What distinguished the Coalition's newest exertions from the standard and dolorous "empowerment zone" concept it had previously accepted from Washington, was clearly the reemergence of national economic strength and the possibility of being able to ask for access to capital investment in blighted urban and rural enclaves. Since January Jackson has pulled together a series of roundtable meetings which have featured representatives from Freddie Mac, the Big Three automakers, assorted African American capital investment firms, state treasurers, labor unions and inner-city bankers. He topped it off with invites to the Small Business Administration and White House economic staffers for the recent three-hour portion televised on C-SPAN. But for all its organizational skill and shrewdness, Rainbow/Push's message is a plaintive plea for a full embrace with capital, a request for wealth-creation equity, and solely, it appears, on capital's terms. Jackson couched his language almost exclusively in the regalia of sound business practices, touting the $817 billion-per-year combine of African American and Hispanic spending, and emphasizing that the world's largest emerging market is here in the U.S.' underserved minority communities. Little of the traditional Jackson theme of direct federal intervention and aid was expressed, and that only in the context of mutual arrangements with the private sector. With the exception of the industrial park orientation of Detroit's empowerment zone --- and the heft of General Motors as the park's implied guarantor --- none of the other job-creation sites nationwide were manufacturing entities and almost all the rest were in retail trade.
One must assume that there's a certain method to Jackson's madness in distancing himself from his customary rap. Ten months ago the evidence of a recurrent affluence provided Jackson a wedge with which to fashion yet another of his spiritual entreaties, and this time to parse it to elites in the most concretely palatable manner: It's not really a race or gender gap now; it's a vertical gap. The conversation on race has its place, but the gap is structural, not just emotional and personal. Neglected communities have a mass of underutilized talent and untapped markets. We have the wealth to reinvest in them and reconstruct them, and this an absolutely historic moment in which to do so.
You'll notice that Jackson was almost, but not quite, talking about class. Certainly echoing in his mind was the current work of many black scholars like William Julius Wilson and Cornel West who have begun to disparage the stress put on race (simultaneous with Clinton's irrelevant and tedious wallow in "dialogue" about it), and who instead have inexorably come to pinpoint the problems spawned by globalism as those of class.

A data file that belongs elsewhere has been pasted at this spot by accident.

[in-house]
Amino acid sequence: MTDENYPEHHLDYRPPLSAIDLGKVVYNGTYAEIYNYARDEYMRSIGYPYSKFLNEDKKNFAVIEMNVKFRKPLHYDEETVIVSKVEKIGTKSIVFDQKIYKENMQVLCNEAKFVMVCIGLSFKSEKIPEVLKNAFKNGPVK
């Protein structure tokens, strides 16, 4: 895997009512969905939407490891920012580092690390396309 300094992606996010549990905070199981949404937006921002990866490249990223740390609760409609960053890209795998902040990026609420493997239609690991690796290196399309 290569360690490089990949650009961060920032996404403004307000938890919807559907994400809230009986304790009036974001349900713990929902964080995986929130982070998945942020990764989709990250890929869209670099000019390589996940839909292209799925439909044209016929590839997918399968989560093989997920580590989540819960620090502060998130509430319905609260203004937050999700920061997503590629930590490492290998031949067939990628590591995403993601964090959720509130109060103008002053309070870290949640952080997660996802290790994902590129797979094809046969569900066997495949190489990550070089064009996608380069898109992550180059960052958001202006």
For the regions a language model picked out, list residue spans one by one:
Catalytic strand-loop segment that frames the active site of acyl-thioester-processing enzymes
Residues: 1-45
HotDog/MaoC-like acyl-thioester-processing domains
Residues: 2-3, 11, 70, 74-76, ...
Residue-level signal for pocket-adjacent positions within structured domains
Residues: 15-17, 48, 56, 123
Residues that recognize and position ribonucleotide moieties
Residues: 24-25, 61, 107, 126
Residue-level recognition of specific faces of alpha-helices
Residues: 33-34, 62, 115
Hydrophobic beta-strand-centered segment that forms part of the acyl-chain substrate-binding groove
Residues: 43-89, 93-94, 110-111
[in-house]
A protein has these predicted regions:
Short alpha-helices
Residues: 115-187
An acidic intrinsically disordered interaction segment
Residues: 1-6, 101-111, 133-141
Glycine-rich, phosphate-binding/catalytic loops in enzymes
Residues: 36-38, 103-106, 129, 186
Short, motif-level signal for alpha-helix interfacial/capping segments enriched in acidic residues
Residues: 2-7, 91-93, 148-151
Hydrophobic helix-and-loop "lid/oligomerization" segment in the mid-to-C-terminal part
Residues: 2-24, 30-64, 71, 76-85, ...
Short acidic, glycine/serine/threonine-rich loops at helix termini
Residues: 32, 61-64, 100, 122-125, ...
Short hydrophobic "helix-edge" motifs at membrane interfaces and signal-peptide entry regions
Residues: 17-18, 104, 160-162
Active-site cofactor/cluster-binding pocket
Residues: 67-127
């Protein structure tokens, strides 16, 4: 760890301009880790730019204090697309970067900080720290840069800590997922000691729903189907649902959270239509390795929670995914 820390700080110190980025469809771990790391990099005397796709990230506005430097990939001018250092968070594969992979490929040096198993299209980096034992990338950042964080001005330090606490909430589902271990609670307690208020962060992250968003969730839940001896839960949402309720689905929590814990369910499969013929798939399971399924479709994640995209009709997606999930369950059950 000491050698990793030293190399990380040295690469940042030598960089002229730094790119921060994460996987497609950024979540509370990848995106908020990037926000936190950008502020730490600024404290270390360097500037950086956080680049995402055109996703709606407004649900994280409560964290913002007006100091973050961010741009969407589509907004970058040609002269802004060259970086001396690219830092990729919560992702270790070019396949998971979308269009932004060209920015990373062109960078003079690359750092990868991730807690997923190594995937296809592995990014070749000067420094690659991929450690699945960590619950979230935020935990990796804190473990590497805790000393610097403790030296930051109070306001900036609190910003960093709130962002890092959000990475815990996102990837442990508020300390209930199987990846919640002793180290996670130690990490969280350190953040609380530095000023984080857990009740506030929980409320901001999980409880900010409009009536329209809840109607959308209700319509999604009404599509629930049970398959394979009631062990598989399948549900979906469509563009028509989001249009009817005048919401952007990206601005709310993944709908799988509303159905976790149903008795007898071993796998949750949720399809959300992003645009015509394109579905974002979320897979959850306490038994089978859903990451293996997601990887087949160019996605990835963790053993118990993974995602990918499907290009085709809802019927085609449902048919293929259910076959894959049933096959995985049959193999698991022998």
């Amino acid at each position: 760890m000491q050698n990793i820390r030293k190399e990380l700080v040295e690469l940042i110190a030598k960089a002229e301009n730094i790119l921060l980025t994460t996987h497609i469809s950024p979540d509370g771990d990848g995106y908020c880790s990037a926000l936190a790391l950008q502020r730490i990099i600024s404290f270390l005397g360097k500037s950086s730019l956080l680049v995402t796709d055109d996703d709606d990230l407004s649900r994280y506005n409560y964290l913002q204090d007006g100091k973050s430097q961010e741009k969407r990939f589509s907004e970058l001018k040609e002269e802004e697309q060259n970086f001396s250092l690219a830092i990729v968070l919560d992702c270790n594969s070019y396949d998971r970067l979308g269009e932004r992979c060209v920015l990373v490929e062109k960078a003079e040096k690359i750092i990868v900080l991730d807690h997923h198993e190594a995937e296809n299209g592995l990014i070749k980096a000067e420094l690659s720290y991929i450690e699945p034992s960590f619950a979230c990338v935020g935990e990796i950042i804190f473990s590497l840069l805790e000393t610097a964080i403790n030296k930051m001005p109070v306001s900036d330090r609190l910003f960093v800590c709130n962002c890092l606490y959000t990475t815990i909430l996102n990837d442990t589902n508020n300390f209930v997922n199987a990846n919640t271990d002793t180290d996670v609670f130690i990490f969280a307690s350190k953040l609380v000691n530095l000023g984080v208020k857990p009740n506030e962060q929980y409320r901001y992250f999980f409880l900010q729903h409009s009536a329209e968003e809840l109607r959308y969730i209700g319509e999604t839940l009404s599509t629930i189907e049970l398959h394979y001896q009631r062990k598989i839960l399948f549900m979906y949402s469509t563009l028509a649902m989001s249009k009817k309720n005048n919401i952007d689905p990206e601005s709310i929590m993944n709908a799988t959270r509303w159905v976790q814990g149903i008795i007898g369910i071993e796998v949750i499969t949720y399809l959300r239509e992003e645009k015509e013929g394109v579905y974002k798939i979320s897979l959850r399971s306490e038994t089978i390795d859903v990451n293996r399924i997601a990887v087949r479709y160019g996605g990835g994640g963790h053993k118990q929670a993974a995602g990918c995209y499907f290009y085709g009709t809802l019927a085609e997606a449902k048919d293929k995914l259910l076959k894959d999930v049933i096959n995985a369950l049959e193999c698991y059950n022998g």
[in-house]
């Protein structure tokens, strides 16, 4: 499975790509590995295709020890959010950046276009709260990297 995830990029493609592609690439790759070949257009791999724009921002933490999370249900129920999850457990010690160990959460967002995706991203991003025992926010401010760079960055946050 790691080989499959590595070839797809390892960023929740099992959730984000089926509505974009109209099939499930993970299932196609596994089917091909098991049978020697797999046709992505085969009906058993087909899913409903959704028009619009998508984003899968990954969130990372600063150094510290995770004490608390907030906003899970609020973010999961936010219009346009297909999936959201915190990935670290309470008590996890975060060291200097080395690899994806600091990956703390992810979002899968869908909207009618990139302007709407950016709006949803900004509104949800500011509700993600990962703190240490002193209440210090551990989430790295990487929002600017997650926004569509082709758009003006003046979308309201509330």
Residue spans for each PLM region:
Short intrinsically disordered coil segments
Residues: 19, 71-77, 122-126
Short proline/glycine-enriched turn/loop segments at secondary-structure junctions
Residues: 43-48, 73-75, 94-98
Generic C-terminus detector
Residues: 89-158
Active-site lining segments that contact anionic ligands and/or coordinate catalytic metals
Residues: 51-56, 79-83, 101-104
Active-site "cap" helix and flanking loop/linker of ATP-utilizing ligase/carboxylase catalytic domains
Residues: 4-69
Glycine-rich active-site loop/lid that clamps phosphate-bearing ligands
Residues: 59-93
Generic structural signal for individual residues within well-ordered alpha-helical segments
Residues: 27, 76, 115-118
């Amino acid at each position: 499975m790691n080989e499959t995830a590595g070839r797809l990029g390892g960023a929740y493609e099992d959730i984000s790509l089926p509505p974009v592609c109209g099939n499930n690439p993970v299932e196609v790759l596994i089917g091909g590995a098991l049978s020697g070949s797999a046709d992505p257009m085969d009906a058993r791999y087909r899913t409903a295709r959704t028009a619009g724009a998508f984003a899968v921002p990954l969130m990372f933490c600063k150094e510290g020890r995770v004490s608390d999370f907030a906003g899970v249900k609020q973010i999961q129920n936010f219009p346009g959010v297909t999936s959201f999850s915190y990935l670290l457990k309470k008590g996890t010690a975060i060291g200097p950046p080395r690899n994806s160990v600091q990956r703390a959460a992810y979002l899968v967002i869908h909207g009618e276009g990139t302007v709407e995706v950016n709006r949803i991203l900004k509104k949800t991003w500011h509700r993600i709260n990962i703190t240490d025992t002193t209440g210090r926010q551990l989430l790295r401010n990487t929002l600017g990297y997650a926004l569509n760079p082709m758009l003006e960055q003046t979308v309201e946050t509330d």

Surely you could conclude that this is a Rainbow/Push stratagem born of equal parts last-ditch civility and practical opportunism. And, indeed, there has not been an "If not now, when?" window like this in some time. Pluperfect tactician that he is, Jackson has held his tongue in deference to the possibility of a good-sized chunk of gradualist success.
What would bring the full complement of Jackson's inherent Nove-like sensibility back to the fore? Well, not until August, when Russia defaulted on its debts, did the full impact of the global economic downturn achieve tangibility. With that occurrence, there was a most definite short-circuit of the dynamics regulating the interplay between capital and the suppliants it has always had at its mercy. It's one thing to approach the corporations and the investment capitalists with better business plans for our decaying cities and rural hollows than they themselves could write; it's something else to meet them and know that, with the loss of America's export market, and with sizable elements of U.S. businesses ready to nosedive under the assault of dirt-cheap imports, we are faced with the prospect of a wholesale reconstruction of a domestic market supplied by domestic producers, much of it labor-intensive and manufacturing-based.
Window of opportunity, indeed. In such an event, there'll obviously be an added overlay of social safety net programs, and they'll be essential ingredients to market mechanisms. There's nothing novel about that, except that now a distinct --- and dare I say, colorless --- working populace will partake of the same subsidies the corporate class has expected as its due (that equity Jesse's been so polite about). It's interesting how, in so many respects, differentiation and homogeneity are coterminous. You could even argue that feasible socialism and state capitalism are but flip sides of the same coin. One, however, has a heart, and the other has every right about now to be scared shitless.